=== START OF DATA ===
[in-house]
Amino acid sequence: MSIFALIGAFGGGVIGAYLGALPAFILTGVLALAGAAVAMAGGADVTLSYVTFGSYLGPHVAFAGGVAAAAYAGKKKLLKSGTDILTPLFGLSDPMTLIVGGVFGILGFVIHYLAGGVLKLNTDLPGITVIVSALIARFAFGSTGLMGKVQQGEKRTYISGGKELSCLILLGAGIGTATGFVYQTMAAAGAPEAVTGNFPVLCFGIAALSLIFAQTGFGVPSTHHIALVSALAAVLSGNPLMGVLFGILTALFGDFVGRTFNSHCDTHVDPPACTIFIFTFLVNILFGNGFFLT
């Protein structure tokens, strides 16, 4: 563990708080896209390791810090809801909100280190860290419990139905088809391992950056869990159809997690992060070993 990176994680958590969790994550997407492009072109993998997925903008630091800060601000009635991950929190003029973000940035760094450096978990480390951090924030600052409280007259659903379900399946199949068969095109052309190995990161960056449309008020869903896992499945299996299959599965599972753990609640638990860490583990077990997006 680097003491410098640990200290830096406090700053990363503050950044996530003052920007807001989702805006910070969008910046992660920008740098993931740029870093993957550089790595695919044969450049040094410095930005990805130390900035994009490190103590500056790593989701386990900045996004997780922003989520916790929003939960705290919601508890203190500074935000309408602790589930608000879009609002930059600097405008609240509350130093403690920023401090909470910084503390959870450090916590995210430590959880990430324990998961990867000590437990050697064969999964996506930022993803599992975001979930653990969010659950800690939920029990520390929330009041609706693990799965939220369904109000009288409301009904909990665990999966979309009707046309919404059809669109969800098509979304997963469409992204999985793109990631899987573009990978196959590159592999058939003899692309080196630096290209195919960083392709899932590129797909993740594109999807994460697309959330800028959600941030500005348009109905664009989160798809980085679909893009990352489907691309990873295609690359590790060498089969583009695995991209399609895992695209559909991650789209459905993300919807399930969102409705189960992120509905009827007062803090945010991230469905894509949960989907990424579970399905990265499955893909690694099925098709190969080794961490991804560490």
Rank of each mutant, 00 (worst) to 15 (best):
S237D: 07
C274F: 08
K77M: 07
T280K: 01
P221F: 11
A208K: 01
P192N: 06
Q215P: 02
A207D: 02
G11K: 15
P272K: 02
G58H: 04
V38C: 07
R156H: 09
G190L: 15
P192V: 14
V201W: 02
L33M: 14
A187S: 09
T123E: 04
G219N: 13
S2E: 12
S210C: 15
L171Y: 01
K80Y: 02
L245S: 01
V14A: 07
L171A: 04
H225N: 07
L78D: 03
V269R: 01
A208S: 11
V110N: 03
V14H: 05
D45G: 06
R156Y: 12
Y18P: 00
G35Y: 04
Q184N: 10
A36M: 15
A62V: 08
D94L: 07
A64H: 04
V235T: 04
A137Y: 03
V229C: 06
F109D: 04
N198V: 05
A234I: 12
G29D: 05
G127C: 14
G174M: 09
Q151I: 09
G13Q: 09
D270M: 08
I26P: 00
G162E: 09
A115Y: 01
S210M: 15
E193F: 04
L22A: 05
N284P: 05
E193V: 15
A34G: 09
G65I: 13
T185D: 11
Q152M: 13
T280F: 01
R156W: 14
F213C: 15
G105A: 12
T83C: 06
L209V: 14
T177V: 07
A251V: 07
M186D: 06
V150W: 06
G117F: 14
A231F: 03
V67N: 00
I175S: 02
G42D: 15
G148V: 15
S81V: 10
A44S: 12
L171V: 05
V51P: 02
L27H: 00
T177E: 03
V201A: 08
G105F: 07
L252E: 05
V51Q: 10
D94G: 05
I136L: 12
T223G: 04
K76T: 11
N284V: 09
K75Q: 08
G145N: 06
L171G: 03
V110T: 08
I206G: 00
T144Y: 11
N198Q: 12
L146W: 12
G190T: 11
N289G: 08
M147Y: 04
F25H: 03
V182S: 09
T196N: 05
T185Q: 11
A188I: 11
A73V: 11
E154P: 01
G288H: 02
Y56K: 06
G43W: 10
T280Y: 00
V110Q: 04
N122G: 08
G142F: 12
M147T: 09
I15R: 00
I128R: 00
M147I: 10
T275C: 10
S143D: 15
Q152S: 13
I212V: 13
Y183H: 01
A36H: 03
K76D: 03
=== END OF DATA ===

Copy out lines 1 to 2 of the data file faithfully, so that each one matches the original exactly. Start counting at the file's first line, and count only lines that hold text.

[in-house]
Amino acid sequence: MSIFALIGAFGGGVIGAYLGALPAFILTGVLALAGAAVAMAGGADVTLSYVTFGSYLGPHVAFAGGVAAAAYAGKKKLLKSGTDILTPLFGLSDPMTLIVGGVFGILGFVIHYLAGGVLKLNTDLPGITVIVSALIARFAFGSTGLMGKVQQGEKRTYISGGKELSCLILLGAGIGTATGFVYQTMAAAGAPEAVTGNFPVLCFGIAALSLIFAQTGFGVPSTHHIALVSALAAVLSGNPLMGVLFGILTALFGDFVGRTFNSHCDTHVDPPACTIFIFTFLVNILFGNGFFLT